{Practicing Benedict} The greatest possible concern

{Practicing Benedict} The greatest possible concern February 1, 2012

“As for the abbot or abbess, they must show the greatest possible concern with great wisdom and perseverance to avoid losing any one of the sheep committed to their care. They should be well aware that they have undertaken an office which is more like the care of the sick than the exercise of power over the healthy. They should be anxious to avoid the Lord’s rebuke to the shepherds through the Prophet Ezekiel: you made your own those you saw to be fat and healthy and cast out those who were weak. They should follow the loving example of the Good Shepherd who left ninety-nine of his flock on the mountains and went off to look for the one sheep who had strayed. So great was his compassion for the weakness of that one erring sheep that he actually lifted it onto his sacred shoulders and so carried it back to the rest of the flock.” (Rule of St. Benedict, Chapter 27, emphasis mine)

My son peed his pants at school yesterday. He still hates using the potty anywhere but at home, and he refuses to do it out and about unless Chris or I are there with him. So, the teacher called me 15 minutes before I would have left to pick him up to let me know he was “having a rough day.” I could hear him sobbing hysterically in the background. But he didn’t want to talk to me. He just wanted me to come…now.

They’re so fragile, these children. So new to the world. I remember August’s new pink skin smoothed out and puffed up in his babyhood. I remember staring at it wondering what would happen to him in this world that would break that skin open, toughen it, stretch it, wear it thin.

When he was eleven months old, he reached for a cord and pulled a curling iron down on the back of his hand. Oh, how he cried, how I cried, how his caregiver cried. The heat burned his skin, peeled it free of his body. Isn’t it amazing how that can happen? I was working at a camp that month and he was with me there, being watched by Ms Amazing, who did everything to prevent his being hurt. Yet there she was holding my boy, his face in panic, her face in panic. It was early morning, 7 am. And he and I walked together, clinging to each other around the lake as the sun rose and burned off the dew. I sang songs until he calmed. The camp doctor sealed that skin with potion, and he recovered.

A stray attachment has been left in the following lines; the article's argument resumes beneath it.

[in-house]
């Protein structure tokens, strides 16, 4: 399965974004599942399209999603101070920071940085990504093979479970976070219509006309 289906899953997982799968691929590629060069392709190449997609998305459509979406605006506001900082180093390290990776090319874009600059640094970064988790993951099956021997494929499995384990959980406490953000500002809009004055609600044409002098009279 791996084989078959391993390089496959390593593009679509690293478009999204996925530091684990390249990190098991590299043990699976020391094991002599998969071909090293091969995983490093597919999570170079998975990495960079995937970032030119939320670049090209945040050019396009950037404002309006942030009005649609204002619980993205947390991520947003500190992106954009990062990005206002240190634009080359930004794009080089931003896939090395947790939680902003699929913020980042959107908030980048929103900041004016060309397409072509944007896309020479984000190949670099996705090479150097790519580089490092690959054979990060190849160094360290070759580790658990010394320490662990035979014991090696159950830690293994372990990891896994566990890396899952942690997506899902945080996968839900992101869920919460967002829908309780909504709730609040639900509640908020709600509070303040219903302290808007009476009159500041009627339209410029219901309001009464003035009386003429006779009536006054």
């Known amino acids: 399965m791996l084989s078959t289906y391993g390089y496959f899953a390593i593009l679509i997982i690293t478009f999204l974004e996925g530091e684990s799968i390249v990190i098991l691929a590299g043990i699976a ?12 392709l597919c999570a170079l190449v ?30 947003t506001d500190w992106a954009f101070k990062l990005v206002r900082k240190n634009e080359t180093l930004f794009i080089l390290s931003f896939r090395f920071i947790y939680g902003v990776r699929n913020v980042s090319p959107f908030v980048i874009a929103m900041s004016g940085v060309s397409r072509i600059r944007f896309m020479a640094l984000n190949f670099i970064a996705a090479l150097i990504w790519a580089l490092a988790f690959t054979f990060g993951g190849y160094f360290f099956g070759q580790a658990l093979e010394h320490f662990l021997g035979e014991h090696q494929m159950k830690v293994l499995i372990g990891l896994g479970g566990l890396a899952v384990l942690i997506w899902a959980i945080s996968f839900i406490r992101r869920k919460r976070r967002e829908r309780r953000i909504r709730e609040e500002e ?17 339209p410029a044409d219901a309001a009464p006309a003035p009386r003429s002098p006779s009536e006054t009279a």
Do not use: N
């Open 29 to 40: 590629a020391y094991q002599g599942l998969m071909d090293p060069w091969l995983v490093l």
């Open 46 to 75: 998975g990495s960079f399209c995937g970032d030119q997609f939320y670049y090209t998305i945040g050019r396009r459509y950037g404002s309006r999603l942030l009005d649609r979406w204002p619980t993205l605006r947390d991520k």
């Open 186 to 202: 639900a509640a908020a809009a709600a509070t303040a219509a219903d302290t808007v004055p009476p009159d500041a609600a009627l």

Some days I look across the table at breakfast and I see his scar, an unhappy, imperfected circle of once-melted skin, and I sigh. I know what once was there, how fragile it all is: our beating hearts, our soul’s ability to feel and see and live.

So yesterday all I could see was that little boy who didn’t want to pee his pants but did, who is still learning to understand this world and his body in it and what is required socially and emotionally and physically. I brought him his blankey. By then, he was already smiling again dressed in clean clothes, blissfully disconnected from the emotion of twenty minutes prior. But I could still see him in his wandering and ache.

St. Benedict speaks in this because we are all the Abbess, we are all shepherds, perhaps to our children, to someone else’s child, to the friends in our lives, to the broken we pass by on the street. What is whispered when I see my son in all his vulnerability is the calling to an “office which is more like the care of the sick than the exercise of power over the healthy.”

How fragile we all are. How tender and new. How soft and untouched our skin.

Oh, Lord, that we might see with eyes of the Good Shepherd, those who groan in their weakness, who weep over their embarrassment, their shame, those who cannot stand on their own and need our hands under their arms so they can shuffle their lead feet.

Oh, that we might see the one sheep in our midst, the one wandering, begging to be found. That we might choose other than to be taken with the “fat and healthy” and instead run after the frailest with tender compassion.

Let’s be Abbots and Abesses, my friends. Let’s rescue.

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